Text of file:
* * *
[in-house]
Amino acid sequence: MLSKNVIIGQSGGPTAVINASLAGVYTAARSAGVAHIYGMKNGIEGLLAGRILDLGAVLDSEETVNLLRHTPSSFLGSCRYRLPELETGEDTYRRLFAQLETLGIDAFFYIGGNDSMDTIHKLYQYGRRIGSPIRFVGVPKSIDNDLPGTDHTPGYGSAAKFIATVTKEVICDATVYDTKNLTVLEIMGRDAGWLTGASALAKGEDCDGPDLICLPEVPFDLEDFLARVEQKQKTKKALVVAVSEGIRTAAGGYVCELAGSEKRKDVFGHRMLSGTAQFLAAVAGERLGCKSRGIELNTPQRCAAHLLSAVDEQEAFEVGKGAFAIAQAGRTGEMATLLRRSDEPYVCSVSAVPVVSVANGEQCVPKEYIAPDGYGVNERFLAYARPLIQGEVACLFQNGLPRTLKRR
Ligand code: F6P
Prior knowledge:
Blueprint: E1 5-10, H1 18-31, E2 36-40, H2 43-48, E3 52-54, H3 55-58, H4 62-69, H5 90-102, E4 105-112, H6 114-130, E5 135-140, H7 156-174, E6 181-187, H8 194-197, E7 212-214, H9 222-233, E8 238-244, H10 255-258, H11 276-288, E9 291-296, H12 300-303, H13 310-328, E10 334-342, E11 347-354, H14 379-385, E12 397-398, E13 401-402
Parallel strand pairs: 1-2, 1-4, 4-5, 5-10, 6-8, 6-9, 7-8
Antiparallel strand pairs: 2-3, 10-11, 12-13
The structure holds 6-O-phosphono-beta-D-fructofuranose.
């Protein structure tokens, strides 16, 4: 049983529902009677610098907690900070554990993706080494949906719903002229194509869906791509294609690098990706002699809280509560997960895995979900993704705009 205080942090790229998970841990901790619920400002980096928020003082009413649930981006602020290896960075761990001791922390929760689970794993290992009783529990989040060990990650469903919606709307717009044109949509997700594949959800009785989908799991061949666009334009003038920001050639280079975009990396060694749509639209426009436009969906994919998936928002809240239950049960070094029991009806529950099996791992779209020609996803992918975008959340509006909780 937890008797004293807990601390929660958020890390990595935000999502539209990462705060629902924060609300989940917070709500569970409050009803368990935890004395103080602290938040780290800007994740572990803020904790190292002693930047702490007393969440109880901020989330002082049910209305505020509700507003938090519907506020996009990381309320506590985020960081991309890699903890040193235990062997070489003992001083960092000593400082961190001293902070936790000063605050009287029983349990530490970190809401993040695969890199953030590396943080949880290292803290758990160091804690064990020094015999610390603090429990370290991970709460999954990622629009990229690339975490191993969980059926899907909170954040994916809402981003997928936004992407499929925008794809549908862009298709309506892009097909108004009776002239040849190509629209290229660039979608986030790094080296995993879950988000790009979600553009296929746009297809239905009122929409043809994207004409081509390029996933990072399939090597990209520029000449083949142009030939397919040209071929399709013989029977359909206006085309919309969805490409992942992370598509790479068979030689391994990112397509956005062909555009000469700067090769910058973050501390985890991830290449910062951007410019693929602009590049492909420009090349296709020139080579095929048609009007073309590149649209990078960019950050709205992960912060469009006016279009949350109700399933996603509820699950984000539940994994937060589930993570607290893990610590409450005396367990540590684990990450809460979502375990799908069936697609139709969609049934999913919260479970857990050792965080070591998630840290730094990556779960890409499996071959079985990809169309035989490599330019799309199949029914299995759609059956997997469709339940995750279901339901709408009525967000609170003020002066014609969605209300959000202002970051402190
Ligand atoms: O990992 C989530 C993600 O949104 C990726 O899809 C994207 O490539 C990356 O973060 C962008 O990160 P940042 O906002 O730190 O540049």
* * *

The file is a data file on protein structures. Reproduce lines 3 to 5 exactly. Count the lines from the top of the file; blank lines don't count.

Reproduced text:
Ligand code: F6P
Prior knowledge:
Blueprint: E1 5-10, H1 18-31, E2 36-40, H2 43-48, E3 52-54, H3 55-58, H4 62-69, H5 90-102, E4 105-112, H6 114-130, E5 135-140, H7 156-174, E6 181-187, H8 194-197, E7 212-214, H9 222-233, E8 238-244, H10 255-258, H11 276-288, E9 291-296, H12 300-303, H13 310-328, E10 334-342, E11 347-354, H14 379-385, E12 397-398, E13 401-402